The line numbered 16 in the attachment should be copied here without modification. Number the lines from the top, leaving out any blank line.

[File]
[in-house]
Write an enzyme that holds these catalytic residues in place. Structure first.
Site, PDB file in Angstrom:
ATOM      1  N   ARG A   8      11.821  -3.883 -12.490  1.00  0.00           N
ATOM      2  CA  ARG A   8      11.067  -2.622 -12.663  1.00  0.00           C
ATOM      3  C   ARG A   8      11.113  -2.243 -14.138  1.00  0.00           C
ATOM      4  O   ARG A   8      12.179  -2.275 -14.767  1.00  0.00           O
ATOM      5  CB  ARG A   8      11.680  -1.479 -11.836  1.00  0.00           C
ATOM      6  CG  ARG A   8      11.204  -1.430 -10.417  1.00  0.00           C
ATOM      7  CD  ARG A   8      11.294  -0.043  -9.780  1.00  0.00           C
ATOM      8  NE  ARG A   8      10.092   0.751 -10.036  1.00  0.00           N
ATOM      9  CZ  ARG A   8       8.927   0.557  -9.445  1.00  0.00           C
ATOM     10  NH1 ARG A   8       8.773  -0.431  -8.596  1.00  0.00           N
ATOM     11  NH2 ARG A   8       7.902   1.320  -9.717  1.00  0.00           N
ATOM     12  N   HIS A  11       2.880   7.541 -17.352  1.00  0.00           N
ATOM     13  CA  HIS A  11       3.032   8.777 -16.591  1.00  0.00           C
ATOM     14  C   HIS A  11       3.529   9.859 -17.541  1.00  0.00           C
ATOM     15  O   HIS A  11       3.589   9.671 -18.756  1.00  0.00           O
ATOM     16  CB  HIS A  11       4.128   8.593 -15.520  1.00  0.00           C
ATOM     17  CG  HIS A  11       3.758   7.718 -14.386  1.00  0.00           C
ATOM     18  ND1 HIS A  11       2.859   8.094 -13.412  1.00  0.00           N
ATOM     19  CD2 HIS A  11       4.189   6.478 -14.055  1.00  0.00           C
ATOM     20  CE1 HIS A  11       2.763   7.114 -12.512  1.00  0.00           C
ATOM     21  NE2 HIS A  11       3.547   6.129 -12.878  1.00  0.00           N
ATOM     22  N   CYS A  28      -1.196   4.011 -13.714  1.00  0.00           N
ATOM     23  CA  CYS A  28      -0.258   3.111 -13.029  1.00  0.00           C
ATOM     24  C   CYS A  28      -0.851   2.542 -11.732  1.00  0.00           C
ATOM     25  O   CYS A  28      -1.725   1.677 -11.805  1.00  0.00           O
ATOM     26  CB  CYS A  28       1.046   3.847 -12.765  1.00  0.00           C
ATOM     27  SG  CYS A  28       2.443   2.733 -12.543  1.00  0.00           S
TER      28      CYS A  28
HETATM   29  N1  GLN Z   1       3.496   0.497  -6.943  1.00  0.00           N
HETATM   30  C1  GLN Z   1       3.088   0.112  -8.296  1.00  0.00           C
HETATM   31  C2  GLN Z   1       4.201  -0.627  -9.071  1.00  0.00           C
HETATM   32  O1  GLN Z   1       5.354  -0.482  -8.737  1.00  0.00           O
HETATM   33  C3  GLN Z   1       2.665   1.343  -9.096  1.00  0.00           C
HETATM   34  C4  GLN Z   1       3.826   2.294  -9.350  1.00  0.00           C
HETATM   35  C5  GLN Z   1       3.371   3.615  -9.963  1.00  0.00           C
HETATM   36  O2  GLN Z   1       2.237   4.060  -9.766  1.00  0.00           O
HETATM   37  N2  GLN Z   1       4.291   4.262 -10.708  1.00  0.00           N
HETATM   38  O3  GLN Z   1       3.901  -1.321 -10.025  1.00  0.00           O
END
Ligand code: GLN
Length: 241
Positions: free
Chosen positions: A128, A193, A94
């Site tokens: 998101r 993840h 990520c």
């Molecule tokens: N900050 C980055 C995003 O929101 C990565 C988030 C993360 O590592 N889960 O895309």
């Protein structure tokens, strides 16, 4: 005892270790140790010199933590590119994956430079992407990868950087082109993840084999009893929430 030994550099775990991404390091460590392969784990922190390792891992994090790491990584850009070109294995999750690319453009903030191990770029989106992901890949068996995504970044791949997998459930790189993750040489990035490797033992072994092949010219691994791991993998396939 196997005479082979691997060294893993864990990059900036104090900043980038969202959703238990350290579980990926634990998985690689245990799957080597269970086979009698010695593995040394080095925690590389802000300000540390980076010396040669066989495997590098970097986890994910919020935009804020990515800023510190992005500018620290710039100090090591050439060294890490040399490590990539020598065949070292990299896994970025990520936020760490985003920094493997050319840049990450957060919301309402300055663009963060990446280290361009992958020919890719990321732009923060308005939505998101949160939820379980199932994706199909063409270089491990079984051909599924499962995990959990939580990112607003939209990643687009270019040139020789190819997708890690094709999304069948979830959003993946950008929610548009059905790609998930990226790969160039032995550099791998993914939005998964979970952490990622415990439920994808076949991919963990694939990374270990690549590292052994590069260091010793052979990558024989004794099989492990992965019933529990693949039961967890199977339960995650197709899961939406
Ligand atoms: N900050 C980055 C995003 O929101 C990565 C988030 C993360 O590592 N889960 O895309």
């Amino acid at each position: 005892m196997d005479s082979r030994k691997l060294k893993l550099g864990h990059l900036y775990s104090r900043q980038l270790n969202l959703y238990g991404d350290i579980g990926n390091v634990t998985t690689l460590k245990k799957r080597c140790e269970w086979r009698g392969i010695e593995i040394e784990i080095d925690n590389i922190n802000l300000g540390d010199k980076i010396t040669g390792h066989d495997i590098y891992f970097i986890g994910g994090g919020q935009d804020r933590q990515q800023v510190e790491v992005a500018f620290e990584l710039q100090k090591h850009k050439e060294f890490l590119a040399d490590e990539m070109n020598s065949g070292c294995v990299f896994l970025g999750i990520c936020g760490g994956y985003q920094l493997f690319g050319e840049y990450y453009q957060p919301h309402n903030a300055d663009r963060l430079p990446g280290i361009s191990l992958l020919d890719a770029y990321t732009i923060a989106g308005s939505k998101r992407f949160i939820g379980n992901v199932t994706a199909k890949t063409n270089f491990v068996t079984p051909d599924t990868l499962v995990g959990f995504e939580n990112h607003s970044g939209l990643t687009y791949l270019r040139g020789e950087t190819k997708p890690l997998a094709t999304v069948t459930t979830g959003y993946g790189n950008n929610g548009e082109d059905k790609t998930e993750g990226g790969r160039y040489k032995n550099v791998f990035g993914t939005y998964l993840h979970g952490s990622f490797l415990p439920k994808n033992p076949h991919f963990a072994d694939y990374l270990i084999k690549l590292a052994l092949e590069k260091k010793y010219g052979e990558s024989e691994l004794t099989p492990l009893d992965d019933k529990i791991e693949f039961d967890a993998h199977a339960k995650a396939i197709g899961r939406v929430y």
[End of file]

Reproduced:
ATOM     13  CA  HIS A  11       3.032   8.777 -16.591  1.00  0.00           C